Columns

Delicious, fascinating Jamaica

Nowadays friends tweet packs to tip us off when they get lucky at a gas station to find Chippies banana chips.

My sister and brother-in-law, who visited recently, told me they had to make a stop as they had booked some ‘drops’. You would think they were stopping at a pharmacy, right? Not at all – they had booked some coconut drops from the little shop at the Coconut Industry Board, because ... Read More


Our courage is being held hostage by a new culture of aggression
From my life’s experiences I’ve learned courage has no limits. Courage can be perceived ... Read More

The case of Vybz Kartel’s music on the airwaves
We now have a state of affairs where Lisa Hanna’s life, a Member of Parliament, has been thr ... Read More

The mobile phone is no longer a device that simply enables communication between individuals; it has become a computer, capable of being the host of money in electronic form, and can be used to conduct financial transactions. The mobile wallet: Financially included, but users must be security conscious
Today there are in excess of four billion mobile phone users across the world. The figure continues ... Read More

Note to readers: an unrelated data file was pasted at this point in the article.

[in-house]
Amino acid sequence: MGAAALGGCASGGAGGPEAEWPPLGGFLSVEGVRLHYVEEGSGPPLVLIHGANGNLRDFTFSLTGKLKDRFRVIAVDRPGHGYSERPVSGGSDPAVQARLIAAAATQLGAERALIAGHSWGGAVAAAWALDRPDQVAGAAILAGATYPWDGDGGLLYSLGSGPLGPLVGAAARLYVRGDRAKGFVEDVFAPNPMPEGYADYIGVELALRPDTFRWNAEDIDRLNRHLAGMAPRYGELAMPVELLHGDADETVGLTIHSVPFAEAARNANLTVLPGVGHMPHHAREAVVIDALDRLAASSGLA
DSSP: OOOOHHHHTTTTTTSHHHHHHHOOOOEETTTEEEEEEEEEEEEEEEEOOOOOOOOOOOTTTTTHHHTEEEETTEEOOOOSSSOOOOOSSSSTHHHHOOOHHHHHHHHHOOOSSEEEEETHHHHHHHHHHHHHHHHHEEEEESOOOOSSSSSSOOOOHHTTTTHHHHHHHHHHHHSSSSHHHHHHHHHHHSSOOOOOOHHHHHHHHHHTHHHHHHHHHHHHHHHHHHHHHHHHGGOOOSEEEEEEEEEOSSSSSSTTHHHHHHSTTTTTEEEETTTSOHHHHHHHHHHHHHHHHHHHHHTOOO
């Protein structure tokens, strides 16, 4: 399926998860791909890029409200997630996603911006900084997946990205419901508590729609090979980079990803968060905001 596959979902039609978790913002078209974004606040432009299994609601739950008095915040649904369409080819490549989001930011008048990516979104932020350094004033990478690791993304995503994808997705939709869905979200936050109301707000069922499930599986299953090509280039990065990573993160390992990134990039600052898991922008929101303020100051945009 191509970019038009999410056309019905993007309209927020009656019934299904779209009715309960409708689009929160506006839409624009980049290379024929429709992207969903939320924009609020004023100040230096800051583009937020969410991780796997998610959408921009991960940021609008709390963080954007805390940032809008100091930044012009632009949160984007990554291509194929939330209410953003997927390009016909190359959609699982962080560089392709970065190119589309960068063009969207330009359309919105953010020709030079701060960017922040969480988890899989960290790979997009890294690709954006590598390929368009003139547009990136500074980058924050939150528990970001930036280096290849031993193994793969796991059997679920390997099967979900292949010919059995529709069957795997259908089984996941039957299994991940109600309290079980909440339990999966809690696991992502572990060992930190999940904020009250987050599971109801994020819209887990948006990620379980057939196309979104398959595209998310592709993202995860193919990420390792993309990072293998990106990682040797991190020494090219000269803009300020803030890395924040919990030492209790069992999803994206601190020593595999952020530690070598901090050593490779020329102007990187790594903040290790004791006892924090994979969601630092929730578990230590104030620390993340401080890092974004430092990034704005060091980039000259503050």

Exposure to fumes at the CRH: A matter of safety

Adella Campbell, PhD | Sunday, February 26, 2017    

The Cornwal Regional Hospital in St James.(Photo: Philp Lemonte)

Nurses are front-line workers and are often at risk of occupational hazards. The health care environment is considered the most hazardous. Sadly, it is an environment that has been neglected by successive governments and institutions generally. A 2014 study showed that nurses experienced common occupational hazards such as ergonomic or job-related injuries; exposure to blood-borne infections, such as Human Immunodeficiency Virus, tuberculosis, and hepatitis B and C; on-the-job violence; work ov ... Read More

After failed experiments, it’s morning again in Jamaica

Garfield Higgins | Sunday, February 26, 2017    

Prime Minister Andrew Holness.